Successful Hollywood Actor Fails to Sell Kentucky Horse-Farm

By: Faith Gingrich-Goetz

Though Johnny Depp is most well-known for his starring roles in movies, such as Pirates of the Caribbean, Edward Scissorhands, Sweeney Todd: The Demon Barber of Fleet Street, and more, in 1995, he took on a different role: Kentucky horse farm owner.[i] Depp owned the farm from 1995 to 2001, when he sold the property for $1 million, only to buy it back in 2005 for $2 million.[ii] The farm features a main ranch house that haswith 6 bedrooms and 6.5 bathrooms, a guesthouse, and many more farm and equestrian buildings.[iii] Working with Halfhill Auction Group, on September 15, 2017, Depp held an auction on September 15, 2017, to try to sell the 41.32-acre horse farm for $2.9 million.[iv]


The timing of this auction suggests that it may be related to recent legal complications that Depp has been facing withregarding his former money managers.[v] Despite earning between $10-20 million per film, Depp found himself to be $40 million in debt, asserting that his fortune was mismanaged by his former money managers.[vi] These managers are currently under investigation by three federal agencies for fraud and money laundering.[vii] Prior to the investigations starting, Depp sued the money management firm for $25 million in January 2017.[viii] Though Depp appeared desperate to sell the horse-farm, the auctioneer failed to get the property sold at the auction held on September 15, 2017.[ix]

In general, an auctioneer owes a “basic duty of competence and fairness to the seller.”[x] The auctioneer is an agent of the seller and has a duty to represent the seller reasonably.[xi] With this in mind, Halfhill Auction Group did not accept the highest bid placed on Depp’s farm, $1.4 million-, less than half of what was being asked.[xii] However, notably, under Kentucky law, in auctions or sales related to equine under Kentucky law, the auctioneer is considered a “dual agent,” meaning they not only owe a duty to the seller, but also to the buyer.[xiii] This means if any of Depp’s horses were also being auctioned in addition to the farm, the auctioneer owed a duty to not only Depp, but to the buyer as well.[xiv] Furthermore, under Kentucky law, if the auctioneer was the principal broker, this means that they would also be considered a “dual agent,” and have a duty to both the seller and the buyer.[xv] Given these statutes, it seems that Depp’s auctioneer was not acting completelyfailed to act “reasonably” for Depp, who has beenis in a heated multi-million dollar legal battle with his previous money managers;, nor does it seem that Depp’s auctioneer was acting “reasonably” for the potential buyer who placed the highest bid at the auction.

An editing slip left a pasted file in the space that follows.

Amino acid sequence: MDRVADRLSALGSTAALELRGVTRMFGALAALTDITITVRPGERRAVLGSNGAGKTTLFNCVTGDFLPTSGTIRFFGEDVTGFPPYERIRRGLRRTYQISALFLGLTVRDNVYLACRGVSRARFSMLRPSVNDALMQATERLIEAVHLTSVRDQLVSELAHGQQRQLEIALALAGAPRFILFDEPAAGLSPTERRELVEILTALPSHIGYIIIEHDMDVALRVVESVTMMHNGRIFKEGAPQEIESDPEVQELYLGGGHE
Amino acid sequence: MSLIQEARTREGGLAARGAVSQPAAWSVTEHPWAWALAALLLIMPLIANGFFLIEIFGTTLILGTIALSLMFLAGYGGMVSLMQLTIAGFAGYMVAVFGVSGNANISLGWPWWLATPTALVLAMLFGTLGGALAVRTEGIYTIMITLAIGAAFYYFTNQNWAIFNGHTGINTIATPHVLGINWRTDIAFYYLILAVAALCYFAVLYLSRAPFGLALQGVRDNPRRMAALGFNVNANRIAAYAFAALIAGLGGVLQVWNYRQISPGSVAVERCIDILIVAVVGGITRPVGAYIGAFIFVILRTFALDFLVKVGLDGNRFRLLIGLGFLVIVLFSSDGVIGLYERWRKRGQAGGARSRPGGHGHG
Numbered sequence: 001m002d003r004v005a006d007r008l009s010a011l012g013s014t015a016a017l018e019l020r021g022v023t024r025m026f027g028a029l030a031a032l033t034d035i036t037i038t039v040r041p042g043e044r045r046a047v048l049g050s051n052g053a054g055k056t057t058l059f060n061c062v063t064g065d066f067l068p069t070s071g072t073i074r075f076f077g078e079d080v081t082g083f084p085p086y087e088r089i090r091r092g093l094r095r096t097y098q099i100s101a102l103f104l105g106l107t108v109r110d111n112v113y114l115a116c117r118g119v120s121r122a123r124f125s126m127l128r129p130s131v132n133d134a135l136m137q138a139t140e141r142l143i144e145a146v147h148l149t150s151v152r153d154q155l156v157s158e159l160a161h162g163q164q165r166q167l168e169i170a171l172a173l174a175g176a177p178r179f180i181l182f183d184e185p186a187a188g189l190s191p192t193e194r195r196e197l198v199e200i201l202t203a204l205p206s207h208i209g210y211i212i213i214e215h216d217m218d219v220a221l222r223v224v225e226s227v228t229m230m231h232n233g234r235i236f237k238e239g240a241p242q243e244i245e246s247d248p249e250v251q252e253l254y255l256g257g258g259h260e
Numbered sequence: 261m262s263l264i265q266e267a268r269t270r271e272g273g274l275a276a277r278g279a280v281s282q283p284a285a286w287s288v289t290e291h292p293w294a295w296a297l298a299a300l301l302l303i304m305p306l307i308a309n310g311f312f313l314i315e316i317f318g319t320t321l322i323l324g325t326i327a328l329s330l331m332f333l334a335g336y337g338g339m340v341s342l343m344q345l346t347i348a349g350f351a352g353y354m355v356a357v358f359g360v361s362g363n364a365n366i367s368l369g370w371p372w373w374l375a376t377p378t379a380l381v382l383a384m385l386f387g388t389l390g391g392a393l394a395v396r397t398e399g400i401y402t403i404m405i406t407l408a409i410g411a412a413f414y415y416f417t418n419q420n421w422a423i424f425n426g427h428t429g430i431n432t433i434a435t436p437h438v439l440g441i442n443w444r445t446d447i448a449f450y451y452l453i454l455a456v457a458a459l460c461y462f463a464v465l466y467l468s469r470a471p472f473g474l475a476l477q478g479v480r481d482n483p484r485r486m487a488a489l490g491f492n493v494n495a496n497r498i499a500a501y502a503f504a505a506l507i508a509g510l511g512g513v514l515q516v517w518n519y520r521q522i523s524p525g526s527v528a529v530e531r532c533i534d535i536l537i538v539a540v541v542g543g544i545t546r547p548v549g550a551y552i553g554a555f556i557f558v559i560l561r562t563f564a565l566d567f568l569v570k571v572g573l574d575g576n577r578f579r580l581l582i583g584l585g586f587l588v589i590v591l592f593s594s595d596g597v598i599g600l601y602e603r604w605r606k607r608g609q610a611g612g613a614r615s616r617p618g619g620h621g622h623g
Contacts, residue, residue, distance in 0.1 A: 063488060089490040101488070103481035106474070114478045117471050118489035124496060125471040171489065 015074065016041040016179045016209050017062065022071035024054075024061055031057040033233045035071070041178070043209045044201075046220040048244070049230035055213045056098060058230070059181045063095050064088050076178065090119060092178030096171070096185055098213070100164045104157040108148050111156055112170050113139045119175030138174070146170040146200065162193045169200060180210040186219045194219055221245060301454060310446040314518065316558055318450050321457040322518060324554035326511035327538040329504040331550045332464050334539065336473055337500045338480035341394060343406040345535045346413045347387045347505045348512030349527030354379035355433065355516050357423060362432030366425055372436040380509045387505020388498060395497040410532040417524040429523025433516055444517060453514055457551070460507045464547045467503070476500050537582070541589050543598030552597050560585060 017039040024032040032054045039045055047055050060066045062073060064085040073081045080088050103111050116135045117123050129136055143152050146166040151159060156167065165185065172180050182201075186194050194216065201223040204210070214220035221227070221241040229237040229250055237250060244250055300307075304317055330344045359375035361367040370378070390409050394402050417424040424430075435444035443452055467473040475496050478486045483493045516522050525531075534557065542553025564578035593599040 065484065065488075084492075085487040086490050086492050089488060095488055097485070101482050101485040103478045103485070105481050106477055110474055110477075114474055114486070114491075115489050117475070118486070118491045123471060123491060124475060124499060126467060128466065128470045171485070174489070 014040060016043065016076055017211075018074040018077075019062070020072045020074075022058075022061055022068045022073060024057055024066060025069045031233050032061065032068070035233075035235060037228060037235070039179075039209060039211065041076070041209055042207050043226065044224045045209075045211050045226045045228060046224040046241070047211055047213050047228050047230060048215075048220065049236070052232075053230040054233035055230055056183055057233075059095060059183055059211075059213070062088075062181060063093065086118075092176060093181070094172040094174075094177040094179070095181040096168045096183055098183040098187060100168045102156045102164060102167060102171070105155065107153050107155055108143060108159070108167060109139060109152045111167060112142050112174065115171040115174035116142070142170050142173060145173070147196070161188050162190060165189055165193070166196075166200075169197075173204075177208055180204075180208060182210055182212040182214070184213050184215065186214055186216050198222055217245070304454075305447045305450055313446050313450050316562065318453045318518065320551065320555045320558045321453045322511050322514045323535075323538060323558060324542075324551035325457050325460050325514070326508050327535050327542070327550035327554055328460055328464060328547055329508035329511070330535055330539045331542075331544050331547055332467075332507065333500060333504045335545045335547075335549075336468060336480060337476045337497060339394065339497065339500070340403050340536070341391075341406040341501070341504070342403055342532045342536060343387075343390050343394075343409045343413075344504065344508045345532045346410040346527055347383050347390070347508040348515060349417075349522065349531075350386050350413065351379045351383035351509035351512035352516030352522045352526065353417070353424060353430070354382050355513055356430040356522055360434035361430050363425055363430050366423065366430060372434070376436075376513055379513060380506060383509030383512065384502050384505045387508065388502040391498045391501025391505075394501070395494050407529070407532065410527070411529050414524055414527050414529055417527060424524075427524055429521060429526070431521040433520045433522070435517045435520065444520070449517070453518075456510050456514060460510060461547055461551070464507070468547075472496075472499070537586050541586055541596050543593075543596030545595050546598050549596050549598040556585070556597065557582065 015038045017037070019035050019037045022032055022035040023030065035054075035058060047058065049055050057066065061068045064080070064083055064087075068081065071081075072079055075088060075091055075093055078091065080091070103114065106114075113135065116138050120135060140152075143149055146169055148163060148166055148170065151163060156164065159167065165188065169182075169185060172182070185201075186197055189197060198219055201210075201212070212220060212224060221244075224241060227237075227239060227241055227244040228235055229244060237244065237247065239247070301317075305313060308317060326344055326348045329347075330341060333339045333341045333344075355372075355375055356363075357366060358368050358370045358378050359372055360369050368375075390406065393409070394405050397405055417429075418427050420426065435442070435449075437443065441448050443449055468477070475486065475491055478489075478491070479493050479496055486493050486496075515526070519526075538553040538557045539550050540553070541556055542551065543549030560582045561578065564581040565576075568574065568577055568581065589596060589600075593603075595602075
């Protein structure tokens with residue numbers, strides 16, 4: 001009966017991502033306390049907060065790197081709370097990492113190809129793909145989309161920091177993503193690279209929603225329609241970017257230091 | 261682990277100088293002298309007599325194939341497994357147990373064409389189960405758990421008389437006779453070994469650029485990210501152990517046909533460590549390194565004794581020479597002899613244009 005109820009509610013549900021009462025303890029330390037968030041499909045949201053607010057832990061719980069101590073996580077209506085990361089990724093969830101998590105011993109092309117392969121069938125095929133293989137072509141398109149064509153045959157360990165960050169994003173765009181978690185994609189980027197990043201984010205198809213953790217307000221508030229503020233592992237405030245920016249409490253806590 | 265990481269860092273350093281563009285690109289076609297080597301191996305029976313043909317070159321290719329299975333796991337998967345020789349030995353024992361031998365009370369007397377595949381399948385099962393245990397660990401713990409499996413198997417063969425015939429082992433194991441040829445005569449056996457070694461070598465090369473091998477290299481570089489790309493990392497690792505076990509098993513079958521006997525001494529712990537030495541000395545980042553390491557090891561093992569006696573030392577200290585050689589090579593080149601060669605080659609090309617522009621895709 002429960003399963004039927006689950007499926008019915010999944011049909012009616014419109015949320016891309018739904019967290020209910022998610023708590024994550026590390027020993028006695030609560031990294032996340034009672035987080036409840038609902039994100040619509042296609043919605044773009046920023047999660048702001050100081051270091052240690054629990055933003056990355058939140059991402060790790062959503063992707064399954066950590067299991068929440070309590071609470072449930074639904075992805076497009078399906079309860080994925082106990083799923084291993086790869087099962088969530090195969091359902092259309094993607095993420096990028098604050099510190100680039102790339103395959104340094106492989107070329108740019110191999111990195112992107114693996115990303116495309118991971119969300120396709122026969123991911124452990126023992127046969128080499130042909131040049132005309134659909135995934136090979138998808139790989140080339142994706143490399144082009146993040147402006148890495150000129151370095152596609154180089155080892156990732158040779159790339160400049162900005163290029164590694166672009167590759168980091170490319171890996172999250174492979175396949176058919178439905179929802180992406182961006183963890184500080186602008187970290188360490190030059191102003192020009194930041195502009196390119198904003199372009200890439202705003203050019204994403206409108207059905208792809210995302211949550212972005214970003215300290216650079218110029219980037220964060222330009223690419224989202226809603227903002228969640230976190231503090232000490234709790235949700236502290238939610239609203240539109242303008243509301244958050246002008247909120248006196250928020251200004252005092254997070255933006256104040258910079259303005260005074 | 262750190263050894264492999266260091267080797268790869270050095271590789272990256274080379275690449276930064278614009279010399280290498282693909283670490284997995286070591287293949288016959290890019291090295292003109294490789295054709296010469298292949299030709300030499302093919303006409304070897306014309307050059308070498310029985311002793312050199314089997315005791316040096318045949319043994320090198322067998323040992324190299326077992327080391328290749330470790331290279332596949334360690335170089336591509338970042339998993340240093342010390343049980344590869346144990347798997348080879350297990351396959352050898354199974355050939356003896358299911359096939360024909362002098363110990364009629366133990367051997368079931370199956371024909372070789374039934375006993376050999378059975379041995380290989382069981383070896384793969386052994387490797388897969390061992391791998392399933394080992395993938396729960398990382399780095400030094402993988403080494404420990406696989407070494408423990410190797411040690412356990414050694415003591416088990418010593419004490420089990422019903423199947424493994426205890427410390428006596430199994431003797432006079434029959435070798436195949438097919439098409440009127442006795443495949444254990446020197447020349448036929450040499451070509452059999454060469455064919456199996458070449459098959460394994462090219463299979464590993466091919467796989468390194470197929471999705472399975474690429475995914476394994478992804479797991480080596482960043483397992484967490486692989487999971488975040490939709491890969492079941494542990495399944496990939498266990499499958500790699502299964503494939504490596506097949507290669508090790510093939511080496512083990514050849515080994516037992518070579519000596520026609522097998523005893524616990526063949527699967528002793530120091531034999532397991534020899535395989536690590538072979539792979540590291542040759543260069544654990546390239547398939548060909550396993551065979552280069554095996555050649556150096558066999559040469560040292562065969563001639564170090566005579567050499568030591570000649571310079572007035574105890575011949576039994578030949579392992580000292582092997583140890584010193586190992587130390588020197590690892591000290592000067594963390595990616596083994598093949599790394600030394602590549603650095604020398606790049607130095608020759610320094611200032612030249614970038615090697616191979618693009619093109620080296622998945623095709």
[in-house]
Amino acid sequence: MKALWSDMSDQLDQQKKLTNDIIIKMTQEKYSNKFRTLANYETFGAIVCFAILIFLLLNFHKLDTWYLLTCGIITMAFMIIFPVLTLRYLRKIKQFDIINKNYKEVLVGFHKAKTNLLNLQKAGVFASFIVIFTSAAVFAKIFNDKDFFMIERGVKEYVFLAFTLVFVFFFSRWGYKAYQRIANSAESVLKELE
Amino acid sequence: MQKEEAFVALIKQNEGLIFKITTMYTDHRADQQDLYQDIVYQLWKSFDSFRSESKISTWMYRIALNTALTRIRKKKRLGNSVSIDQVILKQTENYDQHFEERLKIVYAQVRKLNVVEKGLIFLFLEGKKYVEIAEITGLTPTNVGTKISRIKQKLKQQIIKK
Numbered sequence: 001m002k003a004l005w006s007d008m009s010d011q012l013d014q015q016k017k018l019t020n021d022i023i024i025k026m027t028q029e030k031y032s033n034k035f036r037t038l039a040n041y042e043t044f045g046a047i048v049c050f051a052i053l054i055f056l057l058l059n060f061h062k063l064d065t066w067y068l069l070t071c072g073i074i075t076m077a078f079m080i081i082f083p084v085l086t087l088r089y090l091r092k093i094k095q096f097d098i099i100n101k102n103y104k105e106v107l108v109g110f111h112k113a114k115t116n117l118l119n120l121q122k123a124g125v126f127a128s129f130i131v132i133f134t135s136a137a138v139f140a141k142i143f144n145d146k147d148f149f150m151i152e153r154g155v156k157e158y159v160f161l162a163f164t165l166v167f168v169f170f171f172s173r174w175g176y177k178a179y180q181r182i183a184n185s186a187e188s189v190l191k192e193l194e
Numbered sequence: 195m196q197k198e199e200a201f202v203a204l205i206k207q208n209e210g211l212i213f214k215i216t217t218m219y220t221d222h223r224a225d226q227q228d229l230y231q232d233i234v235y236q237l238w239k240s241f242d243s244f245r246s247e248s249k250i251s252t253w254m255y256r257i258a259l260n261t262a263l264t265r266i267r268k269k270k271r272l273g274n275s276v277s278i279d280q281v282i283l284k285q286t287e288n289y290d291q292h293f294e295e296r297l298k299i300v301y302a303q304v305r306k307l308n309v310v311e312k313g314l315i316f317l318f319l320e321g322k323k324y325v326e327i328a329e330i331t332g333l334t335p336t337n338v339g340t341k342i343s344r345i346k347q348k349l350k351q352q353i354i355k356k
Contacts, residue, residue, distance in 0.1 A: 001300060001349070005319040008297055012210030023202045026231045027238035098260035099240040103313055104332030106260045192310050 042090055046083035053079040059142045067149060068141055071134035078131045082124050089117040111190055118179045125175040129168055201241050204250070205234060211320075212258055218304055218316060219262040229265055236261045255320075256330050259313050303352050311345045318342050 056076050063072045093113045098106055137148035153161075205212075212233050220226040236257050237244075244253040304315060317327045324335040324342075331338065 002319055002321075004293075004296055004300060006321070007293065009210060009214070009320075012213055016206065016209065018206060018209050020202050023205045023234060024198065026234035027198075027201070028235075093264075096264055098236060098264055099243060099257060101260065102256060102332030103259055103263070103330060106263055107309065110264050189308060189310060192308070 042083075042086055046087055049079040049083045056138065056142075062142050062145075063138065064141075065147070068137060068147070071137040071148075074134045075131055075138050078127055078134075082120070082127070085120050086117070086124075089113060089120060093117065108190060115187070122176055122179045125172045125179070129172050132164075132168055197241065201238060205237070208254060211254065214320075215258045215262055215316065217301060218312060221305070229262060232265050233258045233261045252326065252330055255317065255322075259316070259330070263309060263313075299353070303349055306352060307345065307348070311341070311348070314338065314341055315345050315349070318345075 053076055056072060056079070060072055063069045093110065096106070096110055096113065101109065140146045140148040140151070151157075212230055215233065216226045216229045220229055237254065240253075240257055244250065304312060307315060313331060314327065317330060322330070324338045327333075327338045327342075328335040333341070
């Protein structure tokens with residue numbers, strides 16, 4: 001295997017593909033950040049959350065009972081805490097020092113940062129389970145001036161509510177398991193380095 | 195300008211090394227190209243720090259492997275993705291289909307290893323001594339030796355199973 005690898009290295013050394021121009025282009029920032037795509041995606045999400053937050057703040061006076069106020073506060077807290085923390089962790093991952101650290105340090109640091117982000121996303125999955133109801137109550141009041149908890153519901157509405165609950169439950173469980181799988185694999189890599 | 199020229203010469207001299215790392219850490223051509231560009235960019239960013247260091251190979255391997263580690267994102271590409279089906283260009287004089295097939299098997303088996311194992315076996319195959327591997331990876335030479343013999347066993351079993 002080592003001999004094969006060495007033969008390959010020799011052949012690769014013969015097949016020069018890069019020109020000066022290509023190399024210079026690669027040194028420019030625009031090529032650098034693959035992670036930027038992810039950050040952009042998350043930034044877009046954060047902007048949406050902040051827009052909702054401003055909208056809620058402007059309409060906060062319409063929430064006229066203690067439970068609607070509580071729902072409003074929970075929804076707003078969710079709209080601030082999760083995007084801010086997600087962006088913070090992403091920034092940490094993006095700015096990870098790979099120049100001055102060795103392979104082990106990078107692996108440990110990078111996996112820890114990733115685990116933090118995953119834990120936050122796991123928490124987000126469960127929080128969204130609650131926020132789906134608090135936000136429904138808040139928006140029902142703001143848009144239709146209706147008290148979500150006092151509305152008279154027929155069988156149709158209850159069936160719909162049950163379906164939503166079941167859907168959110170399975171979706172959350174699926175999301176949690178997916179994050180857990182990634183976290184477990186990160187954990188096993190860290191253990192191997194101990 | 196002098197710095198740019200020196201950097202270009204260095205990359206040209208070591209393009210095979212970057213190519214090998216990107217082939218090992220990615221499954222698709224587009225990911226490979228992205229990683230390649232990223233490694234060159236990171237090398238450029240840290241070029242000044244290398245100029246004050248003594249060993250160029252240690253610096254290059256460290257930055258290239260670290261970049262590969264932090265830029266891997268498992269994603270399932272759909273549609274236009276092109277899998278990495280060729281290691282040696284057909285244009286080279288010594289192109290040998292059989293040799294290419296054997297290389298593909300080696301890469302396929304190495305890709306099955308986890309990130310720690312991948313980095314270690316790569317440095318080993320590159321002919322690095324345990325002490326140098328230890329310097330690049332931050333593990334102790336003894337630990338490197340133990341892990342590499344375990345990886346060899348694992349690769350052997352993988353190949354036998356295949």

[i] Mark David, A Kentucky Horse Farm Owned by Johnny Depp Heads to Auction, (Aug, 30, 2017, 12:09 PM),

[ii] Id.

[iii] Id.

[iv] Id.

[v] Id.

[vi] Id.

[vii] Rachel Cao, Johnny Depp’s Ex-Business Managers Face Federal Probes for Fraud, (Aug. 15, 2017, 3:01 PM),

[viii] Id.

[ix] Taysha Murtaugh, Johnny Depp’s Kentucky-Farm Failed to Sell at Auction, Country (Sep. 20, 2017),

[x] Duties of Auctioneer,, (last visited Nov. 2, 2017).

[xi] Id.

[xii] Cao, supra note vii.

[xiii] Ky. Rev. Stat. Ann. § 230.357 (LexisNexisJun. 26, 2007).

[xiv] Id.

[xv] Ky. Rev. Stat. Ann. § 324.121 (LexisNexisJun. 25, 2009).